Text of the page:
12. Classical altitude training.

    Science.gov (United States)

    Friedmann-Bette, B

    2008-08-01

    For more than 40 years, the effects of classical altitude training on sea-level performance have been the subject of many scientific investigations in individual endurance sports. To our knowledge, no studies have been performed in team sports like football. Two well-controlled studies showed that living and training at an altitude of >or=1800-2700 m for 3-4 weeks is superior to equivalent training at sea level in well-trained athletes. Most of the controlled studies with elite athletes did not reveal such an effect. However, the results of some uncontrolled studies indicate that sea-level performance might be enhanced after altitude training also in elite athletes. Whether hypoxia provides an additional stimulus for muscular adaptation, when training is performed with equal intensity compared with sea-level training is not known. There is some evidence for an augmentation of total hemoglobin mass after classical altitude training with duration >or=3 weeks at an altitude >or=2000 m due to altitude acclimatization. Considerable individual variation is observed in the erythropoietic response to hypoxia and in the hypoxia-induced reduction of aerobic performance capacity during training at altitude, both of which are thought to contribute to inter-individual variation in the improvement of sea-level performance after altitude training.

  13. Classical dynamics on graphs

    International Nuclear Information System (INIS)

    Barra, F.; Gaspard, P.

    2001-01-01

    We consider the classical evolution of a particle on a graph by using a time-continuous Frobenius-Perron operator that generalizes previous propositions. In this way, the relaxation rates as well as the chaotic properties can be defined for the time-continuous classical dynamics on graphs. These properties are given as the zeros of some periodic-orbit zeta functions. We consider in detail the case of infinite periodic graphs where the particle undergoes a diffusion process. The infinite spatial extension is taken into account by Fourier transforms that decompose the observables and probability densities into sectors corresponding to different values of the wave number. The hydrodynamic modes of diffusion are studied by an eigenvalue problem of a Frobenius-Perron operator corresponding to a given sector. The diffusion coefficient is obtained from the hydrodynamic modes of diffusion and has the Green-Kubo form. Moreover, we study finite but large open graphs that converge to the infinite periodic graph when their size goes to infinity. The lifetime of the particle on the open graph is shown to correspond to the lifetime of a system that undergoes a diffusion process before it escapes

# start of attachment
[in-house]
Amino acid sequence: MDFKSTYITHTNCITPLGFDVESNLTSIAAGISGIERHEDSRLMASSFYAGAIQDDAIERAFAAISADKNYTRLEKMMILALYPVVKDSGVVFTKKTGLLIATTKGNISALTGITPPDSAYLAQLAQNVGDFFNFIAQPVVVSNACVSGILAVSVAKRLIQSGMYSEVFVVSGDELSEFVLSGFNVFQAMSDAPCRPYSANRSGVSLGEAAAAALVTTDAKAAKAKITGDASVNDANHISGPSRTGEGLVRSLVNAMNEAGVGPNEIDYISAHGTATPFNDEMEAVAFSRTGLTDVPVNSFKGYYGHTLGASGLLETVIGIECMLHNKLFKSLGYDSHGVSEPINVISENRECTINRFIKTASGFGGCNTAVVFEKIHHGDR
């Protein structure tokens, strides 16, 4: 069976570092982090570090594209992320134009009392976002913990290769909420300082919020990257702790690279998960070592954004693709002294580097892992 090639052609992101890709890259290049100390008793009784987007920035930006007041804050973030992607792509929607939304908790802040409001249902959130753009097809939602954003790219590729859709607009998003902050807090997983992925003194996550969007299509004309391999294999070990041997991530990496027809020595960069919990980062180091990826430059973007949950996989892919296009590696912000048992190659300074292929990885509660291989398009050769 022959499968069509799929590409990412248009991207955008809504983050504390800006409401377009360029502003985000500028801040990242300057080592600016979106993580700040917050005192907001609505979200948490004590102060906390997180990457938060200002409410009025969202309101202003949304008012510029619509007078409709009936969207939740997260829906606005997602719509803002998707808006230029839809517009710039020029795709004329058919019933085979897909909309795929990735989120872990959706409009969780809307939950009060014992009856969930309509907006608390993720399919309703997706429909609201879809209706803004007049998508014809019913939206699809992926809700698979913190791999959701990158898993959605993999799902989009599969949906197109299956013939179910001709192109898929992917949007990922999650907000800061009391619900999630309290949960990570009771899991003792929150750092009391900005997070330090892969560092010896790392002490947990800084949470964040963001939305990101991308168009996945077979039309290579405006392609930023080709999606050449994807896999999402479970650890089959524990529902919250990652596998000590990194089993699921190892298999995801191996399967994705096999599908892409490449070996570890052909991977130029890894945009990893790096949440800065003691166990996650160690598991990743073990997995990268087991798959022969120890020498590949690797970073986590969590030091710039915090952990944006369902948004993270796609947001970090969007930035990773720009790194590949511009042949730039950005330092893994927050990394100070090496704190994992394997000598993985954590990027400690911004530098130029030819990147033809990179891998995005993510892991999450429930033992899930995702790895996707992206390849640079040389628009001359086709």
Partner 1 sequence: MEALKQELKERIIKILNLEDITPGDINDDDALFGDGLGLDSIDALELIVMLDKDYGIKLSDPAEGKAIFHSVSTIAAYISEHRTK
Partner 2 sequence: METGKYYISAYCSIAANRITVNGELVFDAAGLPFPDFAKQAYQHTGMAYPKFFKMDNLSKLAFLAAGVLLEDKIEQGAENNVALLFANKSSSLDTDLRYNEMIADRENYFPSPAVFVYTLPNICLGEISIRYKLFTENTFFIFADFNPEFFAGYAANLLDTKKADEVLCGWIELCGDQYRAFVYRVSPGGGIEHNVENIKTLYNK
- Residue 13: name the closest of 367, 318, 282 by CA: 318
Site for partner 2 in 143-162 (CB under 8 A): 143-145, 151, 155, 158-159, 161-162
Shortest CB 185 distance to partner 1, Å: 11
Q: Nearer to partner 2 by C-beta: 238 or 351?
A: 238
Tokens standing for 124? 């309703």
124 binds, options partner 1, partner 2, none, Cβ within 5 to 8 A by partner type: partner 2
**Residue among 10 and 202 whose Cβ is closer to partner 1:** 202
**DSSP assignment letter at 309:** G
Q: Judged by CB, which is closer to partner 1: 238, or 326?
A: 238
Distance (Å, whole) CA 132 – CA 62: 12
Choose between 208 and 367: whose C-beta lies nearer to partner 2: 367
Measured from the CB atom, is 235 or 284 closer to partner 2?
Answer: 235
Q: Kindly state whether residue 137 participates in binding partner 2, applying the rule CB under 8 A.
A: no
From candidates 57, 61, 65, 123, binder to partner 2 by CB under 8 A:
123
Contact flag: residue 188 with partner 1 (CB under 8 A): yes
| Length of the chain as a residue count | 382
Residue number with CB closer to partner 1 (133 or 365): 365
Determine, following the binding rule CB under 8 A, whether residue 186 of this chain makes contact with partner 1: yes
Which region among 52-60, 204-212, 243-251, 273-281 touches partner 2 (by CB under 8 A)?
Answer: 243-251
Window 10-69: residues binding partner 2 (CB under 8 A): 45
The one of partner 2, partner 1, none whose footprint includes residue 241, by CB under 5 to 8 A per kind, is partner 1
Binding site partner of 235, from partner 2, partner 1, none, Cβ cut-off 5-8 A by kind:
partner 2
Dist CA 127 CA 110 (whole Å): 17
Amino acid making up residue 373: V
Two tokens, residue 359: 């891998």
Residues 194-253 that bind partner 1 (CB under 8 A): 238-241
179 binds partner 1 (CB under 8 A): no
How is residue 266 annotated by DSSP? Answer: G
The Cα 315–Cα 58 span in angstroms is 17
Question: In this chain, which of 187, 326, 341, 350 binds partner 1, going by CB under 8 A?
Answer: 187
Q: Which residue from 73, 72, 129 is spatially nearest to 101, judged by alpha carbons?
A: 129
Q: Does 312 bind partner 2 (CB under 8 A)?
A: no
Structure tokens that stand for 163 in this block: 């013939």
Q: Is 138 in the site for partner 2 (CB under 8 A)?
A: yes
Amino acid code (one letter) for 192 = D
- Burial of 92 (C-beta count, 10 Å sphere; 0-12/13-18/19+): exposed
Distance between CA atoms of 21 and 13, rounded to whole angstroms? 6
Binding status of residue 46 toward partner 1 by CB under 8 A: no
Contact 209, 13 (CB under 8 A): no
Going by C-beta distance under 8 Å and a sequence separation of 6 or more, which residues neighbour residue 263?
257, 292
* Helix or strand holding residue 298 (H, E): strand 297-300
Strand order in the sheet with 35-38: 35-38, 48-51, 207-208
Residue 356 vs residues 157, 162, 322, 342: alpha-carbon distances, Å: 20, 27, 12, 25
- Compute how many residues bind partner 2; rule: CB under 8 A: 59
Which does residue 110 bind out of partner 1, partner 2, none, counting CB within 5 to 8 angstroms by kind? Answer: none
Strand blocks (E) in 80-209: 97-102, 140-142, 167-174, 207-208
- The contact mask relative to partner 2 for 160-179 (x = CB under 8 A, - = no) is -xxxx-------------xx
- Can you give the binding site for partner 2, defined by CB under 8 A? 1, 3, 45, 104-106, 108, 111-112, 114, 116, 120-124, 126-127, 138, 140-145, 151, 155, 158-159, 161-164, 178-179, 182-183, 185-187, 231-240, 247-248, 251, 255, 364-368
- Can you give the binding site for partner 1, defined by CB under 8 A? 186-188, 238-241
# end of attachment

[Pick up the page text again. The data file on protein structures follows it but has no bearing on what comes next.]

14. Classical Trajectories and Quantum Spectra

    Science.gov (United States)

    Mielnik, Bogdan; Reyes, Marco A.

    1996-01-01

    A classical model of the Schrodinger's wave packet is considered. The problem of finding the energy levels corresponds to a classical manipulation game. It leads to an approximate but non-perturbative method of finding the eigenvalues, exploring the bifurcations of classical trajectories. The role of squeezing turns out decisive in the generation of the discrete spectra.

  15. Classical and quantum cosmology

    CERN Document Server

    Calcagni, Gianluca

    2017-01-01

    This comprehensive textbook is devoted to classical and quantum cosmology, with particular emphasis on modern approaches to quantum gravity and string theory and on their observational imprint. It covers major challenges in theoretical physics such as the big bang and the cosmological constant problem. An extensive review of standard cosmology, the cosmic microwave background, inflation and dark energy sets the scene for the phenomenological application of all the main quantum-gravity and string-theory models of cosmology. Born of the author's teaching experience and commitment to bridging the gap between cosmologists and theoreticians working beyond the established laws of particle physics and general relativity, this is a unique text where quantum-gravity approaches and string theory are treated on an equal footing. As well as introducing cosmology to undergraduate and graduate students with its pedagogical presentation and the help of 45 solved exercises, this book, which includes an ambitious bibliography...